ST. LOUIS, MO (KTVI)-- It seems a week doesn't go by that we don't hear about some kind of credit card or data breach, but that could soon be changing.
First it was Schnucks and TJ Maxx, then Michael's and Neiman Marcus and of course the biggest of all, Target.
All of these retailers, victims of credit and debit card data breaches that affected millions of shoppers and cost banks and businesses billions of dollars.
Mark Sundt is the chief technology officer at Clearent, a Clayton-based credit card processing company that's working on deploying new, more secure ways to process electronic payments. One example is a super-secure credit card swipe-reader.
All of the information is communicated over private, secure network computer lines.
Another advance will change the look of the cards in our wallets. By late next year, most credit and debit cards will come with a special embedded chip, called an EMV chip that stands for Europay, Mastercard and Visa because the technology has been used in Europe for years.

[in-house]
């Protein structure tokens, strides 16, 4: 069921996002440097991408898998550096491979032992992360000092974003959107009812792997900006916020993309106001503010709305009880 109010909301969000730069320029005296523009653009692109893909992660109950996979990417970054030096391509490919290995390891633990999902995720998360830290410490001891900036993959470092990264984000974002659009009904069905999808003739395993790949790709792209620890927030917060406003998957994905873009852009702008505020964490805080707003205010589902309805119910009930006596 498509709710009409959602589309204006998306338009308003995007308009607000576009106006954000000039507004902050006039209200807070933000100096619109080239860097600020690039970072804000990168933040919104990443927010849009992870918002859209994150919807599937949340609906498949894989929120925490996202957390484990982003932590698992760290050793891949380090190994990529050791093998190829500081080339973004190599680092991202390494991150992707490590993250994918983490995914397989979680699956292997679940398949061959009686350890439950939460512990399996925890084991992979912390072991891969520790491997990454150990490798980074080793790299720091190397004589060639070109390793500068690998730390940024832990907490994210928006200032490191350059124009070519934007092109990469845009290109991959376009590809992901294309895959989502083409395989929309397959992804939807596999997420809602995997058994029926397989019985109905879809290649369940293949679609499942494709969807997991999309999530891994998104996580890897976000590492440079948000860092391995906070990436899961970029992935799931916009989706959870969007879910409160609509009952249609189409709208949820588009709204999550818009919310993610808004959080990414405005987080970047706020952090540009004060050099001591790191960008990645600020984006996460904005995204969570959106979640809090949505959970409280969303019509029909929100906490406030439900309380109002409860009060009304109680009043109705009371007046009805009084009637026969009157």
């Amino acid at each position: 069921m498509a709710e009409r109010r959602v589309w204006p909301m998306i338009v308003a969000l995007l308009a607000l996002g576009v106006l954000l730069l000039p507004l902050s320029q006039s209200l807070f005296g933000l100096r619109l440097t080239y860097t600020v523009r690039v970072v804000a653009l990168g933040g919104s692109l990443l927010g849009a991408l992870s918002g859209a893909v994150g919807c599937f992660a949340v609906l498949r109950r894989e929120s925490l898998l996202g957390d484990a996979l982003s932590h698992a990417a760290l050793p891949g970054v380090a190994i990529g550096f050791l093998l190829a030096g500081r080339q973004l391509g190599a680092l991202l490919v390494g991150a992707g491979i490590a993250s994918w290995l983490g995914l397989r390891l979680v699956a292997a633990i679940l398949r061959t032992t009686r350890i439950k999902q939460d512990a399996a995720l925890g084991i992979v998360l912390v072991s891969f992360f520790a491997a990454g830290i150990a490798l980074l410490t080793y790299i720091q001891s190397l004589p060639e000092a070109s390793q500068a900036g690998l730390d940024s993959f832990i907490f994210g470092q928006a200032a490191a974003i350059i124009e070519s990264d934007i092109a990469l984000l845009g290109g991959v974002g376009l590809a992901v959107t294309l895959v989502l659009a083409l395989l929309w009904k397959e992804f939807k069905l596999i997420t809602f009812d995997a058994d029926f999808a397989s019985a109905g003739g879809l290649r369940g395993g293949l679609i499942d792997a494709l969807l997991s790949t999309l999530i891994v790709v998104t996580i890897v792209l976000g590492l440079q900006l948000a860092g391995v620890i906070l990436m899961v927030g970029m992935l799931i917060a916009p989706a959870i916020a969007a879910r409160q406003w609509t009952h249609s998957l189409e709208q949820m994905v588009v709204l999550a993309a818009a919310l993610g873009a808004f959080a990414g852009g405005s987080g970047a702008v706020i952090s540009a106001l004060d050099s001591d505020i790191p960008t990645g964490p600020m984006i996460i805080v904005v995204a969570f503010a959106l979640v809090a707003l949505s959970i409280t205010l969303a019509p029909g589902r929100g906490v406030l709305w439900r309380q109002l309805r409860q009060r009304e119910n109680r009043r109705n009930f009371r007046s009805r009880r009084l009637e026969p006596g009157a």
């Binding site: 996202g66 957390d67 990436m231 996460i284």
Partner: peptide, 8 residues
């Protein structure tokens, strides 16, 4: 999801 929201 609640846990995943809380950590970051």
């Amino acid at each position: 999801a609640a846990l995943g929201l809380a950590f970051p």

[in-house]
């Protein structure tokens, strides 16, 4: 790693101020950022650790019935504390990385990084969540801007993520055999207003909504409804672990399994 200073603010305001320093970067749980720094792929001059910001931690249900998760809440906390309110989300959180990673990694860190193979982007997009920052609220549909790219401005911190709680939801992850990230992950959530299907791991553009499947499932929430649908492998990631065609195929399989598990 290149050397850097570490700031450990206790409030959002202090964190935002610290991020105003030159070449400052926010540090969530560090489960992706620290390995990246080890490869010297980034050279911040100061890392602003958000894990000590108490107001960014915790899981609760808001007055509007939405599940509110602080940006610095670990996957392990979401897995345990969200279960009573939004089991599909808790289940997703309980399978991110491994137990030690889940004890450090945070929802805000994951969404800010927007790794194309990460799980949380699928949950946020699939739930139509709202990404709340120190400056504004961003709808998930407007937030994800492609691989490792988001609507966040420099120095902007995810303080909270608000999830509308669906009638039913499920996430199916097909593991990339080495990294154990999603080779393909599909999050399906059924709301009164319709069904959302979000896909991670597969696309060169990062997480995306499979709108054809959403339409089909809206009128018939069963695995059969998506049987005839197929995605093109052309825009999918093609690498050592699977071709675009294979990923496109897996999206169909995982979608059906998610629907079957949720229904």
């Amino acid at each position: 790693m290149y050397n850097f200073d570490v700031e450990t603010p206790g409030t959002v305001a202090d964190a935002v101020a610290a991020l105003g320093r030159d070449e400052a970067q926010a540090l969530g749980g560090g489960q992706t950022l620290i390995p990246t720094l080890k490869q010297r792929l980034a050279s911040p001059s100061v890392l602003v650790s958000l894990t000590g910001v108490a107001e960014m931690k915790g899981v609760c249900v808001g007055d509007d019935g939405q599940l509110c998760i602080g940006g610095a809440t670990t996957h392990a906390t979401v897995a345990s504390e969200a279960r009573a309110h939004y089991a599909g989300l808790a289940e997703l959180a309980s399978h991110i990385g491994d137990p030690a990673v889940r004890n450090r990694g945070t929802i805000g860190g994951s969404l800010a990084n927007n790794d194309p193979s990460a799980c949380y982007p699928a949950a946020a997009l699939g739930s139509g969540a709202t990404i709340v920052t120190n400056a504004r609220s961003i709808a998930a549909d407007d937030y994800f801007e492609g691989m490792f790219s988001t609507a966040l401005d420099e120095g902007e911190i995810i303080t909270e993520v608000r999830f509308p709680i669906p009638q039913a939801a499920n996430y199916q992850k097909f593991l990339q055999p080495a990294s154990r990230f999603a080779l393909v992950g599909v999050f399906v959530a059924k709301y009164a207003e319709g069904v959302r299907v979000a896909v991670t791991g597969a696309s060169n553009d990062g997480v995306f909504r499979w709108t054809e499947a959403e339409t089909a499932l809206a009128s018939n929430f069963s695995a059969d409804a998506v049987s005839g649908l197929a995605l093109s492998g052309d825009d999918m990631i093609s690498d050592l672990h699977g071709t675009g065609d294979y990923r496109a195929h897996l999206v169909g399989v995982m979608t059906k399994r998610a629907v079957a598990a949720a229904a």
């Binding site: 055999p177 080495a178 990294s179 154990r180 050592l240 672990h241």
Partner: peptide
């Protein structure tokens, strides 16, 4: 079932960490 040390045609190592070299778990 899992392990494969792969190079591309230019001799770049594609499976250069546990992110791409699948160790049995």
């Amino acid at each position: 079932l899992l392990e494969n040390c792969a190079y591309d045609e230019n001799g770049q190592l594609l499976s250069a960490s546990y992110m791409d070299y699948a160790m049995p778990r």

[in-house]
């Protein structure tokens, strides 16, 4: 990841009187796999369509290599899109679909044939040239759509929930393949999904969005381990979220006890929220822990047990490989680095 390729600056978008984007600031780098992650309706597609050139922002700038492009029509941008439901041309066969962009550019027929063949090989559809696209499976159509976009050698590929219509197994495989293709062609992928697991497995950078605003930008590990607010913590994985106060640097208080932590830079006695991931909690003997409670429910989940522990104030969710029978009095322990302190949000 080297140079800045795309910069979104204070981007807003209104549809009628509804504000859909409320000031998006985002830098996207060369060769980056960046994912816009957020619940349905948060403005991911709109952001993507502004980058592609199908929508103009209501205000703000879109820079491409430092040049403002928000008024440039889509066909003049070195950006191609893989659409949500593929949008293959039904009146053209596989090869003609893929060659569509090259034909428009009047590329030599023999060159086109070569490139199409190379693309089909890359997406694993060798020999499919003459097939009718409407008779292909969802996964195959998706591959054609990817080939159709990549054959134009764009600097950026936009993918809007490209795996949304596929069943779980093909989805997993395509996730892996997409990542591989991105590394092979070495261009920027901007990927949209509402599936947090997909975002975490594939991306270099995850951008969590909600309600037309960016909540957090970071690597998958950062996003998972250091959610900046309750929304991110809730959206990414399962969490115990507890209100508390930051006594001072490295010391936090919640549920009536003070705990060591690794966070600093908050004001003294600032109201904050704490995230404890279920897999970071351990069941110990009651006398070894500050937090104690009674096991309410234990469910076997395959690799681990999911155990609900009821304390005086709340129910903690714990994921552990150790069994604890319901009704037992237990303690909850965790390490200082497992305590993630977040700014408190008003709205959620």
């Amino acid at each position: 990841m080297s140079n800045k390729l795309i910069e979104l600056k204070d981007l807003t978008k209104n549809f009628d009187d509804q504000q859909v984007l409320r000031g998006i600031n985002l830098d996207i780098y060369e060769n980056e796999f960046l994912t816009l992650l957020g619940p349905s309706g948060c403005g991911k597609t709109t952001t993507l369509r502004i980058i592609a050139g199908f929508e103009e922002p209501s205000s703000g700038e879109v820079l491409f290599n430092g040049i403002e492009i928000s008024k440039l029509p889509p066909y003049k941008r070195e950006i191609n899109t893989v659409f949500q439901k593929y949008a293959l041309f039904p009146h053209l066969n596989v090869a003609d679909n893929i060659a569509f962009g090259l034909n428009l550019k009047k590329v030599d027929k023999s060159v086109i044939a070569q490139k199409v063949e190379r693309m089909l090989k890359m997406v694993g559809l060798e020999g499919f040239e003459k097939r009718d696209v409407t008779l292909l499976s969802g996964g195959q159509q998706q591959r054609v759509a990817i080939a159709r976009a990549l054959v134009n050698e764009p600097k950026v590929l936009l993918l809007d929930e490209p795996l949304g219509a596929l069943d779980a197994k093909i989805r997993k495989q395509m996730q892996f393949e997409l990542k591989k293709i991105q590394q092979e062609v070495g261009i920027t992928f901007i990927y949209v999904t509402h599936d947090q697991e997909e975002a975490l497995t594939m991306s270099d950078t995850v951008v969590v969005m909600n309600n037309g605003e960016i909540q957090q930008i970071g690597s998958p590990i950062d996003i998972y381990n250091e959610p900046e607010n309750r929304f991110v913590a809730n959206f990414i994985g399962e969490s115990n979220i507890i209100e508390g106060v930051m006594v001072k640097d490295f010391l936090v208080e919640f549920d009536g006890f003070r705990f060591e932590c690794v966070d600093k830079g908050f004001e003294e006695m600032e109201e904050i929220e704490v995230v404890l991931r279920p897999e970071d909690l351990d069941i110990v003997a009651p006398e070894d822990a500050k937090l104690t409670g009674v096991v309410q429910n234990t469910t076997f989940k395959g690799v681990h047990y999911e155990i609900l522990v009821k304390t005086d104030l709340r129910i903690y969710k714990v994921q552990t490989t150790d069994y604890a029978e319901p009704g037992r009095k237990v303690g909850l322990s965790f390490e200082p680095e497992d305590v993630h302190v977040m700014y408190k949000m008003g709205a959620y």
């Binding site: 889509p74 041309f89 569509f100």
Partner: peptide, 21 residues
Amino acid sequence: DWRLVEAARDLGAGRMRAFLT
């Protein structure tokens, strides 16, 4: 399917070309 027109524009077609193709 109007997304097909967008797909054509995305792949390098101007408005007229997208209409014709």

The new cards have two big advantages over the cards we currently use: unlike magnet strips that are easy to reproduce, it's virtually impossible for hackers to manufacture and embed these chips in counterfeit cards.
Also, the chip cards must remain in the credit card reader machine during the entire transaction, and sometimes for an added layer of protection, a secret personal identification number must also be entered.
Target, feeling heat from regulators and lower sales from its customers, has announced it will add new, more secure credit card readers that are able to accept EMV chip cards, trying to stay one step ahead of the hackers to prevent the next data breach.
Those new chip cards will become far more common next year.
The other big advancement, look for more secure mobile payment systems, using your smartphone instead of a debit or credit card.